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I wrote a download counter:

$hit_count = @file_get_contents('download.txt');
$hit_count++;
@file_put_contents('download.txt', $hit_count);

header('Location: file/xxx.zip');

As simple as that. The problem is the stats number is truncated to 4 digits thus not showing the real count:

http://www.converthub.com/batch-image-converter/download.txt

The batch image converter program gets downloaded a couple hundred times per day and the PHP counter has been in place for months. The first time I found out about this was about 2 months ago when I was very happy that it hit 8000 mark after a few weeks yet a week after that it was 500 again. And it happened again and again.

No idea why. Why?

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3 Answers 3

up vote 7 down vote accepted

You're probably suffering a race condition in the filesystem, you're attempting to open and read a file, then open the same file and write to it. The operating system may not have fully released its original lock on the file when you close it for reading then open it for writing again straight away. If the site is as busy as you say, then you could even have issues of multiple instances of your script trying to access the file at the same time

Failing that, do all your file operations in one go. If you use fopen (), flock (), fread (), rewind (), fwrite () and fclose () to handle the hit counter updating you can avoid having to close the file and open it again. If you use r+ mode, you'll be able to read the value, increment it, and write the result back in one go.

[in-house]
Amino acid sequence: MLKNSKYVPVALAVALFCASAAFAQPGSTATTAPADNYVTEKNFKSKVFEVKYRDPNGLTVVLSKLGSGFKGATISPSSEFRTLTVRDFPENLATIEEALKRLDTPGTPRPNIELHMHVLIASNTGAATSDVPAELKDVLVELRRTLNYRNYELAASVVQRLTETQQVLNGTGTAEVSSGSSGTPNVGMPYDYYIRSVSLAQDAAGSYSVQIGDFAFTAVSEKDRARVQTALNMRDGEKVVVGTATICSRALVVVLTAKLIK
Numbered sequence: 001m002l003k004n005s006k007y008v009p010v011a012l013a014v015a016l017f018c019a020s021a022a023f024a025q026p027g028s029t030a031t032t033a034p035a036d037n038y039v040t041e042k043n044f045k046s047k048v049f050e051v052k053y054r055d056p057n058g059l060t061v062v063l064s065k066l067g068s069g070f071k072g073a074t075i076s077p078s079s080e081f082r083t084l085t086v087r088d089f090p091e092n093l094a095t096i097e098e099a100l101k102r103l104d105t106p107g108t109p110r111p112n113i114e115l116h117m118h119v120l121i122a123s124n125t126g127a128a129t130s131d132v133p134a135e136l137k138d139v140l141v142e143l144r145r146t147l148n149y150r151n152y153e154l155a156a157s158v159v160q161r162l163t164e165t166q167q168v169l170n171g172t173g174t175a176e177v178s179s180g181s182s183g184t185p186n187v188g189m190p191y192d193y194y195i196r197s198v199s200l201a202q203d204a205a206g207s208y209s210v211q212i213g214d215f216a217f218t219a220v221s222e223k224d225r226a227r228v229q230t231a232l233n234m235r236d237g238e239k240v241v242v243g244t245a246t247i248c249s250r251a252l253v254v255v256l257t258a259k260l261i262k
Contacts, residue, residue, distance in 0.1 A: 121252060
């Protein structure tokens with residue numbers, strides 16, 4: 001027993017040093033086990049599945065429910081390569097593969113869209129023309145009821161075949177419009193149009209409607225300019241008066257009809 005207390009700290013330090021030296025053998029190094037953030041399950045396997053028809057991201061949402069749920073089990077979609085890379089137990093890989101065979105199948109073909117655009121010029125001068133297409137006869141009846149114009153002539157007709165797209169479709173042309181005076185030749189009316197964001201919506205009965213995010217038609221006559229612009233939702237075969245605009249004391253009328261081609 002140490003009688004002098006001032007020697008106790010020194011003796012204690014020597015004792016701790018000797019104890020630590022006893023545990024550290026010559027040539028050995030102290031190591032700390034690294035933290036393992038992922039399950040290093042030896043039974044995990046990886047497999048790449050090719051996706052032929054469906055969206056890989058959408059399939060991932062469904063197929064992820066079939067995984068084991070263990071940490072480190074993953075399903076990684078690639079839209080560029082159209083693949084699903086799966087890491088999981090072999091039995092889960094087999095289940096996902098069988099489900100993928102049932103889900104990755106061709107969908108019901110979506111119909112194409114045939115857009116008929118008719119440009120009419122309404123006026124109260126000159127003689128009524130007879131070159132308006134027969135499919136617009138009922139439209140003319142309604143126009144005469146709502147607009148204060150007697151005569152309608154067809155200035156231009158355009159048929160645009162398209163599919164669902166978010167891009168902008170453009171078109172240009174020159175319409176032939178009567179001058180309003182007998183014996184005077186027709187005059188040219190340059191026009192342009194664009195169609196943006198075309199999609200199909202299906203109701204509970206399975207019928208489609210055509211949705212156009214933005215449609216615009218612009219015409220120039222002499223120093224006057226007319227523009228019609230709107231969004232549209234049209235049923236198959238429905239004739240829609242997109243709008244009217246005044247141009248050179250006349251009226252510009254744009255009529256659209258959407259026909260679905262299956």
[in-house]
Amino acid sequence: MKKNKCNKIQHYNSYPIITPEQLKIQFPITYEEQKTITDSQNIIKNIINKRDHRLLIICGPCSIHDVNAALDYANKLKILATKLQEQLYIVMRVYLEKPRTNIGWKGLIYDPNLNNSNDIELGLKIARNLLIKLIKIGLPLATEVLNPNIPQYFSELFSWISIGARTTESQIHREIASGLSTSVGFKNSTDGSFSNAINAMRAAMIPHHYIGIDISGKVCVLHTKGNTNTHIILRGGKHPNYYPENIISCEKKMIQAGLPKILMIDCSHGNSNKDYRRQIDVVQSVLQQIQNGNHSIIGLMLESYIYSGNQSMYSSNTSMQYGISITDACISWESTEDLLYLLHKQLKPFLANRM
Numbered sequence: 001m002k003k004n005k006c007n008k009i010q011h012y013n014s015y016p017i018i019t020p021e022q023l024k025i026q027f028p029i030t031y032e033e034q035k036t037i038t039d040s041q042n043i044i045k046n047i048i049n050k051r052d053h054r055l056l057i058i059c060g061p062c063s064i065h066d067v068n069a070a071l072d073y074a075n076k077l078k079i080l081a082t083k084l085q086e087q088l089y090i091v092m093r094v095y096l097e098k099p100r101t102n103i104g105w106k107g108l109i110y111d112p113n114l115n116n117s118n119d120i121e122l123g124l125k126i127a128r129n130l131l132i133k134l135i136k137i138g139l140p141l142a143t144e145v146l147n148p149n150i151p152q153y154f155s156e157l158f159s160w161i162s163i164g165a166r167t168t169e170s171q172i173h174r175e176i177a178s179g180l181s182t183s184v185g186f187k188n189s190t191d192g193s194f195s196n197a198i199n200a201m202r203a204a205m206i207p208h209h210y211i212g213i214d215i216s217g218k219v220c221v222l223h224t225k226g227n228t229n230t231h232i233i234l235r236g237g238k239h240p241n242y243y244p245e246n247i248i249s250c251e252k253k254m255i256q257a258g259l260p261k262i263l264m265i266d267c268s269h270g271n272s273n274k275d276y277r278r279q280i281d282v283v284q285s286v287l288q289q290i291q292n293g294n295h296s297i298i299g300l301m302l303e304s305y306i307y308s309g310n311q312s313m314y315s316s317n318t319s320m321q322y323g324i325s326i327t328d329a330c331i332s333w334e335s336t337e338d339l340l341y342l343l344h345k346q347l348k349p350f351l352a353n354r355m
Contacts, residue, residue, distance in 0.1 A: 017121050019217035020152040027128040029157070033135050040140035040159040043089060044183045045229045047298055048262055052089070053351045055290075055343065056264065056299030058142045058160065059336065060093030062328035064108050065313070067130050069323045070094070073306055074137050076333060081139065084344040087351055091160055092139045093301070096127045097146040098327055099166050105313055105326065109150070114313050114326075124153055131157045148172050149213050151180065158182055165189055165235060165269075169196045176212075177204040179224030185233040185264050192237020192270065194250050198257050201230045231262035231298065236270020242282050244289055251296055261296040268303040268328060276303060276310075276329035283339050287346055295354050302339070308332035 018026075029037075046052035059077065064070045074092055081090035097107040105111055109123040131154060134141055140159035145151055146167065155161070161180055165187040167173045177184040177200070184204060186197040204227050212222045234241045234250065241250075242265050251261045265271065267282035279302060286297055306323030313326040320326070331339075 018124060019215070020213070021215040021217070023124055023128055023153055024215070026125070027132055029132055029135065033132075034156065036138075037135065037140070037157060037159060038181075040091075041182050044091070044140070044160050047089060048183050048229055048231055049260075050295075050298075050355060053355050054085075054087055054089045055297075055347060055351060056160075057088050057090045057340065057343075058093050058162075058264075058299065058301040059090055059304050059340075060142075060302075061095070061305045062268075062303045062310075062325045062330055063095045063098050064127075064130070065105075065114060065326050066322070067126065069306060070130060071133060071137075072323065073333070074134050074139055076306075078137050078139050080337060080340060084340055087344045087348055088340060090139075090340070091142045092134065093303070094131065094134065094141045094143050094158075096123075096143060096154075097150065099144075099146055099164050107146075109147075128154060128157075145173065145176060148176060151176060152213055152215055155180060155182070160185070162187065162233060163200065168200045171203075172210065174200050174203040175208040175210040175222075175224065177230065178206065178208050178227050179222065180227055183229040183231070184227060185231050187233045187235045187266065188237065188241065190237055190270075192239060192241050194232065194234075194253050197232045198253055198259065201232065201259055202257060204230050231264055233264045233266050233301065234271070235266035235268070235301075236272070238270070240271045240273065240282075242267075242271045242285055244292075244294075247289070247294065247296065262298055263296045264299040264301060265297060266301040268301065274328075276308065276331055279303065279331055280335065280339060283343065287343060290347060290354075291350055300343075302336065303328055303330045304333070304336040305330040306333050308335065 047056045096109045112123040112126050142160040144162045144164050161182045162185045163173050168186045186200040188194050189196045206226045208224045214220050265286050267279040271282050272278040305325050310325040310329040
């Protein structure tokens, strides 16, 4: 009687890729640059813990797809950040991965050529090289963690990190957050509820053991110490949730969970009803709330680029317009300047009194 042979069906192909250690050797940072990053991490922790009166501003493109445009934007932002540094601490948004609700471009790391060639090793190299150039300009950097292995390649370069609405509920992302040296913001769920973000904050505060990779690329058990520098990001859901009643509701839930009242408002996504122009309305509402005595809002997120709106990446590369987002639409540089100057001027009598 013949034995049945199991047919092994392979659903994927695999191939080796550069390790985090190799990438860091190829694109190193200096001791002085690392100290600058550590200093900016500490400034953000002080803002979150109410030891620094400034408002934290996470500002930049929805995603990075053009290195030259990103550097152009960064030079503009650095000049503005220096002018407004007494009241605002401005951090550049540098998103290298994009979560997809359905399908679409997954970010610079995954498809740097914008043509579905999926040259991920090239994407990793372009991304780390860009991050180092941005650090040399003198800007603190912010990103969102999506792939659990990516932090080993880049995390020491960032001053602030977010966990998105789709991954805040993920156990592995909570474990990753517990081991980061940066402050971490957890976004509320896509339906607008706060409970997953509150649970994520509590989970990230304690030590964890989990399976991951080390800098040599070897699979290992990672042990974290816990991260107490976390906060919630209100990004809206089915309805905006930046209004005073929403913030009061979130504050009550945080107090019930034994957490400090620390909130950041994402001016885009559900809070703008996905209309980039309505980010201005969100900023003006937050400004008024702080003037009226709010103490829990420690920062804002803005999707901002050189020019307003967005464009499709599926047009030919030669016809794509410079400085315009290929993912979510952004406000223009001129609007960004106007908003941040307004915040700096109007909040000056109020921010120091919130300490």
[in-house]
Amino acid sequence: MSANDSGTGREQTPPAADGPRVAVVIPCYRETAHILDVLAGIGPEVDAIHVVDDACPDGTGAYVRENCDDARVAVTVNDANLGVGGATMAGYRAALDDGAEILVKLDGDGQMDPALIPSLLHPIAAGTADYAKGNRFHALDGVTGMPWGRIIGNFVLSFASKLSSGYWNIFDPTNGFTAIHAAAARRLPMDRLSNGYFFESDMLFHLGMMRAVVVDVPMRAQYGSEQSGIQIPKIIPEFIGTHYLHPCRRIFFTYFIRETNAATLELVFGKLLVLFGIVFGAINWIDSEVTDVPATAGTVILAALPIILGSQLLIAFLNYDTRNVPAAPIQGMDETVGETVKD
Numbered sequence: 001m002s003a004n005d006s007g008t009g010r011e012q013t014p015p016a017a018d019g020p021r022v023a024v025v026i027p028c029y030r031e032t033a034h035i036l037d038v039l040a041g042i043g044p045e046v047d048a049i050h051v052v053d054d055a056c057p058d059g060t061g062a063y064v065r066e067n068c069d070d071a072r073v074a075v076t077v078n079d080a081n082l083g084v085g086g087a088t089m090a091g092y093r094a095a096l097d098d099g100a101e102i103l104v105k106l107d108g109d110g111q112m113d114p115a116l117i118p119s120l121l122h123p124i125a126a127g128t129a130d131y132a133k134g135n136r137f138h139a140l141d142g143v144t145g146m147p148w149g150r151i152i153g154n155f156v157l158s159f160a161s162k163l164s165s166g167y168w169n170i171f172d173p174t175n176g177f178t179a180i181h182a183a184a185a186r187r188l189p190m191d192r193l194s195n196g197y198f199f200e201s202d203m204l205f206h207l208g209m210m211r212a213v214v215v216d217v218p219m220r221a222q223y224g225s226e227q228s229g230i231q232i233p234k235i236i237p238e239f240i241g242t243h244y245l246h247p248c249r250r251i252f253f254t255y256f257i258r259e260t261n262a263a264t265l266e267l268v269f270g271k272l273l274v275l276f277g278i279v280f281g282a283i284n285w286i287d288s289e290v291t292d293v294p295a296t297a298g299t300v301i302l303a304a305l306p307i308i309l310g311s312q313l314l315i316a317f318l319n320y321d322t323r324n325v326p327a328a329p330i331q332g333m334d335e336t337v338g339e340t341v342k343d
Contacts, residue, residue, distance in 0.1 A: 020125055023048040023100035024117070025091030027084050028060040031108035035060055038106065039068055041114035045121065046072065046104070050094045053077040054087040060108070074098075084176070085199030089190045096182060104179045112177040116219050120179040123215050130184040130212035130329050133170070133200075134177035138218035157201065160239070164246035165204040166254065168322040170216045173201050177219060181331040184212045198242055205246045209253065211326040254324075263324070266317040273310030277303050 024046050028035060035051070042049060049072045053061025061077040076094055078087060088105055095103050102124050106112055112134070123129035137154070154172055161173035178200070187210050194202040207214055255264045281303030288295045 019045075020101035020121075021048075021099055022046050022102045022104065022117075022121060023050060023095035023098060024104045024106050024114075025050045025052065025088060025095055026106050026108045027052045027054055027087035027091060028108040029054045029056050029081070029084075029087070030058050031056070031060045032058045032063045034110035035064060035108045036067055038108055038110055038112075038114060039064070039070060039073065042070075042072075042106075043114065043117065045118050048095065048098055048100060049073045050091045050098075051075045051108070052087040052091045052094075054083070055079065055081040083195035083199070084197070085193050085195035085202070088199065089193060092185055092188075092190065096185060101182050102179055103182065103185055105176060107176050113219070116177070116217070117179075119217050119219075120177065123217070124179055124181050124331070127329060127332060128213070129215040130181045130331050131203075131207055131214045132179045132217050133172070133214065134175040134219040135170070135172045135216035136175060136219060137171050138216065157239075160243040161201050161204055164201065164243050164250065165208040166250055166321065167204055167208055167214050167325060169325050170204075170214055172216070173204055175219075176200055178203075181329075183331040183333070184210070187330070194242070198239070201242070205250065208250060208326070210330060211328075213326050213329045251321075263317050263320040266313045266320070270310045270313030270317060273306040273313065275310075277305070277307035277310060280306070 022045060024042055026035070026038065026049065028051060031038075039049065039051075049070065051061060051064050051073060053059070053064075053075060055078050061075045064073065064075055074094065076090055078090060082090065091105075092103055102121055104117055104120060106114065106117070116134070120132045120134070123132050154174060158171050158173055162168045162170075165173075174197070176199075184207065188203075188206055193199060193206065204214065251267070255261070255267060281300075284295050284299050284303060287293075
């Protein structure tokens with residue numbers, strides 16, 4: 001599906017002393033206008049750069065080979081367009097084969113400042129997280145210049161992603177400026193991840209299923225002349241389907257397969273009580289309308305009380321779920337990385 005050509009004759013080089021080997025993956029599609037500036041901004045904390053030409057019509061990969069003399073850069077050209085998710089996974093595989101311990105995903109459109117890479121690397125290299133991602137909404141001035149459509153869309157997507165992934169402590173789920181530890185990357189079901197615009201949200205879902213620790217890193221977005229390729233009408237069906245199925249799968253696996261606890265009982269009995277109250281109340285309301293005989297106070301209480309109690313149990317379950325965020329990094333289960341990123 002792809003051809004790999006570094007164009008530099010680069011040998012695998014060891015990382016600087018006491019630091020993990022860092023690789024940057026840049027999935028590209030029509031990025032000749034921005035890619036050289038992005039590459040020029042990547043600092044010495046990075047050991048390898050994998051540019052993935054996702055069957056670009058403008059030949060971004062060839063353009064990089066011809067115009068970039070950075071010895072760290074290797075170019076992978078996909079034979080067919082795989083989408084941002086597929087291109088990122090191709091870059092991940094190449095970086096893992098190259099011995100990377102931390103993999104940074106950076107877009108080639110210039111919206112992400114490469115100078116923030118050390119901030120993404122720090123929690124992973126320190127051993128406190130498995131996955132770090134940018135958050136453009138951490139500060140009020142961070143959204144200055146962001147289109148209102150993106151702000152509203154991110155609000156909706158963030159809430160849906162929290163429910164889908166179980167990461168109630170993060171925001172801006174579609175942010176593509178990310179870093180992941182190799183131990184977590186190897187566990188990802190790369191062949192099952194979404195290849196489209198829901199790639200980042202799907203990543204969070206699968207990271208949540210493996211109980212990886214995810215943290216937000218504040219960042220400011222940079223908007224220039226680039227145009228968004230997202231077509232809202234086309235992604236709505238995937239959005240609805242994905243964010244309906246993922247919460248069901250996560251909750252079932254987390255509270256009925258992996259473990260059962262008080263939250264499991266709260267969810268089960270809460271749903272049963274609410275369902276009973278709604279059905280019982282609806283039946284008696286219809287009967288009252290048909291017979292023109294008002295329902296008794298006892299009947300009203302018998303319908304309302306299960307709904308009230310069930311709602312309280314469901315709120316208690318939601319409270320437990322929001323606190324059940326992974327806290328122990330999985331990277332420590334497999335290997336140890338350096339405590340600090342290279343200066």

None of this can completely guarantee that you won't hit issues with concurrent accesses though.
I'd strongly recommend looking into a different approach to implementing your hit counter, such as a database driven counter.

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The OP might also want to consider flocking the file –  Gordon Nov 1 '10 at 14:24
1  
Or at least lock the file with flock... $f = fopen('download.txt', 'r+'); flock($f, LOCK_EX); $hit_count = fread($f, 4048); $hit_count++; fseek($f, 0); fwrite($f, $hit_count); flock($f, LOCK_UN); fclose($f); –  ircmaxell Nov 1 '10 at 14:26
    
Yeah, I forgot flock (). Edited it to correct. –  GordonM Nov 1 '10 at 14:29
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Always do proper error handling, don't just suppress errors with @. In this case, it is probable that the file_get_contents has failed as the file was being written at the time. Thus, $hit_count is set to FALSE, and $hit_count++ makes it 1. So your counter gets randomly reset to 1 whenever the reading fails.

If you insist on writing the number to a file, do proper error checking and only write to the file if you are SURE you got the file open.

$hit_count = file_get_contents('download.txt');

if($hit_count !== false) {
    $hit_count++;
    file_put_contents('download.txt', $hit_count);
}

header('Location: file/xxx.zip');

It will still fail occasionally, but at least it will not truncate your counter.

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This is a kind of situation where having a database record the visits (which would allow for greater data-mining as it could be trended by date, time, referrer, location, etc) would be a better solution than using a counter in a flat file.

A cause may be that you are having a collision between a read and write action on a file (happening once every 8,000 instances or so). Adding the LOCK_EX flag to the file_get_contents() PHP Reference action may prevent this, but I could not be 100% certain.

Better to look at recording the data into a database, as that is almost certain to prevent your current problem of losing count.

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